The Expedition of Humphry Clinker

The Expedition of Humphry Clinker Offers a picture of eighteenth century society This story describes Squire Bramble s tour of the Britain of George III

  • Title: The Expedition of Humphry Clinker
  • Author: Tobias Smollett
  • ISBN: 9780140430219
  • Page: 165
  • Format: Paperback
  • Offers a picture of eighteenth century society This story describes Squire Bramble s tour of the Britain of George III.

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      Published :2019-05-10T08:02:07+00:00

    About "Tobias Smollett"

    1. Tobias Smollett

      Tobias George Smollett was born in Dalquhurn, now part of Renton, Scotland, to a prosperous family and educated at the University of Glasgow, where he studied to be a physician Later he joined the British Royal Navy as a surgeon s mate He was present at the disastrous battle against the Spanish at Cartagena in 1741.He married a British woman Anne Lascelles, in Jamaica, 1747,and settled in England In London, as a writer, he became successful The Adventures of Roderick Random 1748 , a picaresque novel like most of his books made him a well known author It was followed by The Adventures of Peregrine Pickle in 1751 But the failure of The Adventures of Ferdinand Count Fathom 1753 caused financial difficulties for him Publishing The Adventures of Sir Launcelot Greaves 1762 didn t help.Writing poems, plays, travel and history books, essays, satires, doing translations and even becoming a literary critic and magazine editor, Dr Smollett struggled all his short life against poverty, he traveled to Italy, to regain his health, but died of tuberculosis near Livorno, in 1771 Ironically finishing his masterpiece, The Expedition of Humphry Clinker, a few months before his death.Charles Dickens was a great admirer of Tobias Smollett, even visiting his gravesite.

    385 thoughts on “The Expedition of Humphry Clinker”

    1. Reading the 18th Century novel is very much like riding a rambunctious horse. Actually, bowling along in a carriage; 100 years later, Eliot and the great Victorian novelists who were living with the noisy, fast, smoke-gouting trains would write with nostalgia of the grace and quietude and elegance of carriage travel. But the 17th Century novel depicts it as it more likely was, with is heat, travel-sickness from the jolts, and frequent breakdowns and overturns in the terrible roads, with highwaym [...]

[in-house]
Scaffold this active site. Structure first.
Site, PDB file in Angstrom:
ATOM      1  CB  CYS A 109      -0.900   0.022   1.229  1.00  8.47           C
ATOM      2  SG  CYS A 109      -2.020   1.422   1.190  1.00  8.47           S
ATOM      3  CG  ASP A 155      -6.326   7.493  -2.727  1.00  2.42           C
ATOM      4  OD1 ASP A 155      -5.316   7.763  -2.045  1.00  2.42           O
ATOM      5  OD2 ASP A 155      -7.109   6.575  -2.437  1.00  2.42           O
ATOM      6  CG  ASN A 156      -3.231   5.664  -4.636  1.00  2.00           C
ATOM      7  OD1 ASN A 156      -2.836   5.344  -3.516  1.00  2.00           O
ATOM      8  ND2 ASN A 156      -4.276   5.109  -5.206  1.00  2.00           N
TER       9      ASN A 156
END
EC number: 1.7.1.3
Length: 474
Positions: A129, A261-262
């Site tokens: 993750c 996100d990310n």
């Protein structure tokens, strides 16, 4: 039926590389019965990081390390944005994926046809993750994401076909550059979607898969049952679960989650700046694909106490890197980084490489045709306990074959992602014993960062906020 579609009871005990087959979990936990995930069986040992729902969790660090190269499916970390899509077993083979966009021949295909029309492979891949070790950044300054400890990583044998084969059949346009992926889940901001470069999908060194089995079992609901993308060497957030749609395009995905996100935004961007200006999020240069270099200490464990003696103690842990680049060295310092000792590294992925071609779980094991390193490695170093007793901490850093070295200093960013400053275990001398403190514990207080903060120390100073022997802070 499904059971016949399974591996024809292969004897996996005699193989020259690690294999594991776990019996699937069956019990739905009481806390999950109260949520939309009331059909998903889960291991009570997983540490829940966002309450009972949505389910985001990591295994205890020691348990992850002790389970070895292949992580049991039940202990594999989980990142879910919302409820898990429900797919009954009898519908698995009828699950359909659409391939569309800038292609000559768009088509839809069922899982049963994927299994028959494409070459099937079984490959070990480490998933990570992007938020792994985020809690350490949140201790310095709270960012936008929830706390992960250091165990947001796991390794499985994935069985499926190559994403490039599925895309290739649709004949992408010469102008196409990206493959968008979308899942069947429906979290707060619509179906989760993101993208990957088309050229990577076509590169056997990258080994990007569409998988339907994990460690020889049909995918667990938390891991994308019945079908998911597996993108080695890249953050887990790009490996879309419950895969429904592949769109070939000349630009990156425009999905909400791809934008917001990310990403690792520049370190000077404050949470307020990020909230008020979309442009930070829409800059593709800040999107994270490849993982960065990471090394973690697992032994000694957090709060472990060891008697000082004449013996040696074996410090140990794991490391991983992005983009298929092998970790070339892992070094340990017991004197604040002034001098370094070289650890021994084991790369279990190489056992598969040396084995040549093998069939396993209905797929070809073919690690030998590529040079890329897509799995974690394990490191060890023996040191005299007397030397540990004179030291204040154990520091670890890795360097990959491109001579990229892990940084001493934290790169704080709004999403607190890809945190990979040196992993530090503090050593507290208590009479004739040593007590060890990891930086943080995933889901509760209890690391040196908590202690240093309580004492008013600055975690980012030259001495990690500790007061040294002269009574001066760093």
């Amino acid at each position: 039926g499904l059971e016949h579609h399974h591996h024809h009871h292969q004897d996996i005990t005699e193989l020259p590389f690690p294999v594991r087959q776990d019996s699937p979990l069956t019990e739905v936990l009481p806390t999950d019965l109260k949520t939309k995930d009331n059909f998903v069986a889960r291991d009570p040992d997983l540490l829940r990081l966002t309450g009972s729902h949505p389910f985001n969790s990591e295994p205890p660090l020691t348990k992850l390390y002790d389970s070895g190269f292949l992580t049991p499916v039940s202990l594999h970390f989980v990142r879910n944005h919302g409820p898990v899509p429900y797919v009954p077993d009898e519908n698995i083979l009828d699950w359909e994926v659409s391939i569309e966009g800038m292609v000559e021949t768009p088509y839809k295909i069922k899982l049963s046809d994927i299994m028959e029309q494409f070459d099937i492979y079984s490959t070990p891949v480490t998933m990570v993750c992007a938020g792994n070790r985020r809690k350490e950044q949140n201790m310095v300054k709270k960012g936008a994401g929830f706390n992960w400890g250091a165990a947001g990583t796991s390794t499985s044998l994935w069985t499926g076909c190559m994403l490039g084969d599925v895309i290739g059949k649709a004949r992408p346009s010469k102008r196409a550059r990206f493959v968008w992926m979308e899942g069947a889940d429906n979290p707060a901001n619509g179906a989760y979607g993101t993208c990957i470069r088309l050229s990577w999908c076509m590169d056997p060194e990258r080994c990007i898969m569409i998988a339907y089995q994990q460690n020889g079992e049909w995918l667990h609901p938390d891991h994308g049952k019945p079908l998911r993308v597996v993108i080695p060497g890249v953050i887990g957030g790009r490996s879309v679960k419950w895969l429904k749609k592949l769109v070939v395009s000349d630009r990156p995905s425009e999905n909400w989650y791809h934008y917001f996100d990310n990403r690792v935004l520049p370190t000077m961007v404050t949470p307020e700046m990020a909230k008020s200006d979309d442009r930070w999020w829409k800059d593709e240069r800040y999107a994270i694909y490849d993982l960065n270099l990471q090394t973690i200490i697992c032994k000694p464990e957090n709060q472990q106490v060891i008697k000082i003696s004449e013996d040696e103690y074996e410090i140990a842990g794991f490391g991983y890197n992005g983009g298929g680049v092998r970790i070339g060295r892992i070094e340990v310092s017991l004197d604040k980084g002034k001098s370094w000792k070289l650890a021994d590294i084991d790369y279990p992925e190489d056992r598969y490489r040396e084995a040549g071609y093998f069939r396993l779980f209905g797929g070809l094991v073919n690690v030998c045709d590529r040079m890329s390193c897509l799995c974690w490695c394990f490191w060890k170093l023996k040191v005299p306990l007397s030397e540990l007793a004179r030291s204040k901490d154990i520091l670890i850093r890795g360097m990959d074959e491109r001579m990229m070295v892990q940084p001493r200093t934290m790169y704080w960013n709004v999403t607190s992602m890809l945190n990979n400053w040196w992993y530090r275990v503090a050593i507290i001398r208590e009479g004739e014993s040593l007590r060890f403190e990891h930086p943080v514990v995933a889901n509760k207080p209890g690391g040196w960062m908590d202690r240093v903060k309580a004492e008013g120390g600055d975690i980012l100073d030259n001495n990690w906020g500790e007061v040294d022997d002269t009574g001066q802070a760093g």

2. 18th-century epistolary novel by Salman Rushdie's favorite Quixote translator. It's witty, complex, and undoubtedly quite innovative for its time, and it serves as not only a very informative travelogue of Britain in the mid-late 1700s, but also as a portrait of the political and cultural landscape during this time frame. But gosh darn it, it just wasn't as funny as I was expecting it to be based on laudations I read calling it "one of the funniest novels of all time." It's certainly witty and c [...]

    3. Novel in letters recounting the travels of a family group through England and Scotland featuring the servant (and occasional Methodist lay preacher) they pick up on their way, the eponymous Humphrey Clinker.Apart from eighteenth-century humour the novel has an unusual Celtic theme for example the Welsh origin of the family and significance of Edinburgh as archetypal 'big city' and in the slightly Don Quixote-like character of the Scottish Officer they pick up in Edinburgh. One of the few novels [...]